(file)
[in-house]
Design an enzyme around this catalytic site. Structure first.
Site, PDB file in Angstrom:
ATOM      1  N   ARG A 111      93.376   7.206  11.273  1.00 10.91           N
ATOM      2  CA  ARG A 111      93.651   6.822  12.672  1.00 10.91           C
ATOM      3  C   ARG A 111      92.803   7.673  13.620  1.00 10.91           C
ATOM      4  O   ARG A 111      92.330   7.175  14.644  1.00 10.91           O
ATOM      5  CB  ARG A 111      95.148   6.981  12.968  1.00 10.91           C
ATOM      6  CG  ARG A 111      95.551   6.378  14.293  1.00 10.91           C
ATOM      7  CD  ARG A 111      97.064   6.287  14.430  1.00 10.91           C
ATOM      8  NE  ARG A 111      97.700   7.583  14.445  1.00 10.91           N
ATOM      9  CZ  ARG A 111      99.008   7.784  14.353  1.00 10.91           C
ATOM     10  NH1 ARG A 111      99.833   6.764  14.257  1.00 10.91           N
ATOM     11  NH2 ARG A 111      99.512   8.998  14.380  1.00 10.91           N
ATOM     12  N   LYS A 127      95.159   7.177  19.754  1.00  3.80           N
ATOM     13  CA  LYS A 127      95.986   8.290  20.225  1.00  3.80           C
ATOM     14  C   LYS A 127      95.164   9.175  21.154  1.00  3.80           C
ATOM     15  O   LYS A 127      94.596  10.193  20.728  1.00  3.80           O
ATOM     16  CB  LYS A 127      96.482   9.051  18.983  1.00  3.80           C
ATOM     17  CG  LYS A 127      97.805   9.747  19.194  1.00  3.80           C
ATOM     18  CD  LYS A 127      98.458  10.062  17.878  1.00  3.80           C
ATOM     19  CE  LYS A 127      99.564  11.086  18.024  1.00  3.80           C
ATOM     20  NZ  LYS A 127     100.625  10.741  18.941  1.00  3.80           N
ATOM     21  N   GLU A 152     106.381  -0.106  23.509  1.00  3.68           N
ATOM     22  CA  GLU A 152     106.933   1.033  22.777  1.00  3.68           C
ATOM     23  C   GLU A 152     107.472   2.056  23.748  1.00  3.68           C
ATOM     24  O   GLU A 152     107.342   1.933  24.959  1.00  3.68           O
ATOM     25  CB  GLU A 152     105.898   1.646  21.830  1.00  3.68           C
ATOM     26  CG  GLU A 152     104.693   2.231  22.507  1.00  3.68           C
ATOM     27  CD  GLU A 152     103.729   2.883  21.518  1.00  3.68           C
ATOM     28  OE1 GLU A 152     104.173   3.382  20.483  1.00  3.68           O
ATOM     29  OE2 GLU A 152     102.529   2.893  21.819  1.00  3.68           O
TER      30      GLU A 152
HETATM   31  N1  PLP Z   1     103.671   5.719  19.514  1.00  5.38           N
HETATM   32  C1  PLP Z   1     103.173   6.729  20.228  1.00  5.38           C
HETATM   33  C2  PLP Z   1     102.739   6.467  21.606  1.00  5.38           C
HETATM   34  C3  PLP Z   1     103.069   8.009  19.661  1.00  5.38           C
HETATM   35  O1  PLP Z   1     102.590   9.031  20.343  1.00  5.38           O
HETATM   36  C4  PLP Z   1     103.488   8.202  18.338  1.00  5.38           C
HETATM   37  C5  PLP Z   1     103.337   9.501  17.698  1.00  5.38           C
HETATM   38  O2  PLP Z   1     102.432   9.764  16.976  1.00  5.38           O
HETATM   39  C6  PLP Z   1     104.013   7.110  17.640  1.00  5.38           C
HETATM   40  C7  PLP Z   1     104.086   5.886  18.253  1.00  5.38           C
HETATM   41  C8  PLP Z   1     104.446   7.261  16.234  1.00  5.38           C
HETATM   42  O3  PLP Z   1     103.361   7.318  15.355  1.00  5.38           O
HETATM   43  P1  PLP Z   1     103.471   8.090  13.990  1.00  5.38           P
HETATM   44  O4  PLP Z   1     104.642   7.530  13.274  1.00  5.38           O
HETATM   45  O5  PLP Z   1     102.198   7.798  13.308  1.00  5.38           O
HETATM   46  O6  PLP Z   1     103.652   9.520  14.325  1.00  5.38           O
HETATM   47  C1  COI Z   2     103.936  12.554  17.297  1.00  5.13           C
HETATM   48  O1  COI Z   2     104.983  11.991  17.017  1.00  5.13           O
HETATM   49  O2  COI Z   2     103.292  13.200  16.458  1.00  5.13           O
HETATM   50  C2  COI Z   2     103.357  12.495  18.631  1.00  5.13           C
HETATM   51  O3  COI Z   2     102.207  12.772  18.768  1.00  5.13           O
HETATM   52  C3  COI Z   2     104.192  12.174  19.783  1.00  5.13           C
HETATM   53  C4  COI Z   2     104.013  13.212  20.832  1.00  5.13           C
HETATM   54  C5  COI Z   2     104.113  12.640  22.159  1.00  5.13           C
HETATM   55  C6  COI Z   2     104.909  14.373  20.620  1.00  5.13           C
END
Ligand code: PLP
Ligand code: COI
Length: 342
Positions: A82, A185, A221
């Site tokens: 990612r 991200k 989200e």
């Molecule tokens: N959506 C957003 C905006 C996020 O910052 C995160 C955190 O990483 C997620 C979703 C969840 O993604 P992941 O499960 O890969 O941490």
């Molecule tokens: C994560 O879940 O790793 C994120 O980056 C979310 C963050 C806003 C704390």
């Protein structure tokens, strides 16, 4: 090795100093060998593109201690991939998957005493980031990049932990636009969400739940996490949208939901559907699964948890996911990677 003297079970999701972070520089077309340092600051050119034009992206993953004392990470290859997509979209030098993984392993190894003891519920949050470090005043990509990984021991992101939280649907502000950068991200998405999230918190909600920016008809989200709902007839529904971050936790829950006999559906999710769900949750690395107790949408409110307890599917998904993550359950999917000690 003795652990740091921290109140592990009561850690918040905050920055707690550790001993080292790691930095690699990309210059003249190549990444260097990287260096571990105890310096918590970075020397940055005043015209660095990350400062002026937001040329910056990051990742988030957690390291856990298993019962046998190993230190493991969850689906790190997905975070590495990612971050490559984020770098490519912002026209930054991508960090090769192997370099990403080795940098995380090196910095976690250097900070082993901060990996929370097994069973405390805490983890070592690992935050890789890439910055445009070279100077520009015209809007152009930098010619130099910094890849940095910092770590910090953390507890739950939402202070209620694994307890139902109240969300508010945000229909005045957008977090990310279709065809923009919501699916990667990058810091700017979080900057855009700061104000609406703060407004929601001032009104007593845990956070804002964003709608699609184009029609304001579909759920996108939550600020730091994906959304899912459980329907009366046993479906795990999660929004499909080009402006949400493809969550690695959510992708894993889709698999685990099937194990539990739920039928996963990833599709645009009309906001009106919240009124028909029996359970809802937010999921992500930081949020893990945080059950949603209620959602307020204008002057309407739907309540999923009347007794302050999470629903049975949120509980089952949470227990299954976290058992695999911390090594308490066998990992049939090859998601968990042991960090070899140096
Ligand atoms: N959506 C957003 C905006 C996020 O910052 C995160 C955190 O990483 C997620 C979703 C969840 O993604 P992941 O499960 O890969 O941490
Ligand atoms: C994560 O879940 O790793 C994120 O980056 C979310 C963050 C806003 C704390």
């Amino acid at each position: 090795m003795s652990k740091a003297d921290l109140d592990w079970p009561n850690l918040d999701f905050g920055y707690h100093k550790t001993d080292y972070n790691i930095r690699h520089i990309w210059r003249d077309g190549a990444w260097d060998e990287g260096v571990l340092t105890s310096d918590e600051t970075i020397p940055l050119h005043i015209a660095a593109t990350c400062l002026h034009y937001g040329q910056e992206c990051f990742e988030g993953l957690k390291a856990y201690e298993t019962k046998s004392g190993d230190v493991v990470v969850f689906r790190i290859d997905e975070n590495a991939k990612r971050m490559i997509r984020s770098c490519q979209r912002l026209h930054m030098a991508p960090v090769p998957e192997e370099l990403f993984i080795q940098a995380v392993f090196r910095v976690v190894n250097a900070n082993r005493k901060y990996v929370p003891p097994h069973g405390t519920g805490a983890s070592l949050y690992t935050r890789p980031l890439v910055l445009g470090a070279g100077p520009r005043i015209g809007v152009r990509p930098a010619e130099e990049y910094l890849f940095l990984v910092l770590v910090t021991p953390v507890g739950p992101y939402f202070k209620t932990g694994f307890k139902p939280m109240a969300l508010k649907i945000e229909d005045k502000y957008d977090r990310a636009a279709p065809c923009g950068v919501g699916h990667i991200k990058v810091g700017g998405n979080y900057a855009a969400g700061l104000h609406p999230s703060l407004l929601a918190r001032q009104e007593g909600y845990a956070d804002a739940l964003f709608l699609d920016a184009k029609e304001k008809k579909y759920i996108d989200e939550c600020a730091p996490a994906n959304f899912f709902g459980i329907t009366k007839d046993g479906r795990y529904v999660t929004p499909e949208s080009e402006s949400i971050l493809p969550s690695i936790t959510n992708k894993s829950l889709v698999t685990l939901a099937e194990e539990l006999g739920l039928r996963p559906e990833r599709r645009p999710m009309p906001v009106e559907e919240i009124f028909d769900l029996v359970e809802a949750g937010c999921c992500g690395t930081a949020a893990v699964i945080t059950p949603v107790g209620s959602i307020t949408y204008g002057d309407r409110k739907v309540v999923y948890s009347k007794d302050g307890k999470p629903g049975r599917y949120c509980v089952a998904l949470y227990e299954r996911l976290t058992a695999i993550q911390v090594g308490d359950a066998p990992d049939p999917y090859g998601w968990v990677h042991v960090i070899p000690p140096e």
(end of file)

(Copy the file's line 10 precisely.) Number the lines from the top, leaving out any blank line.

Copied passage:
ATOM      7  CD  ARG A 111      97.064   6.287  14.430  1.00 10.91           C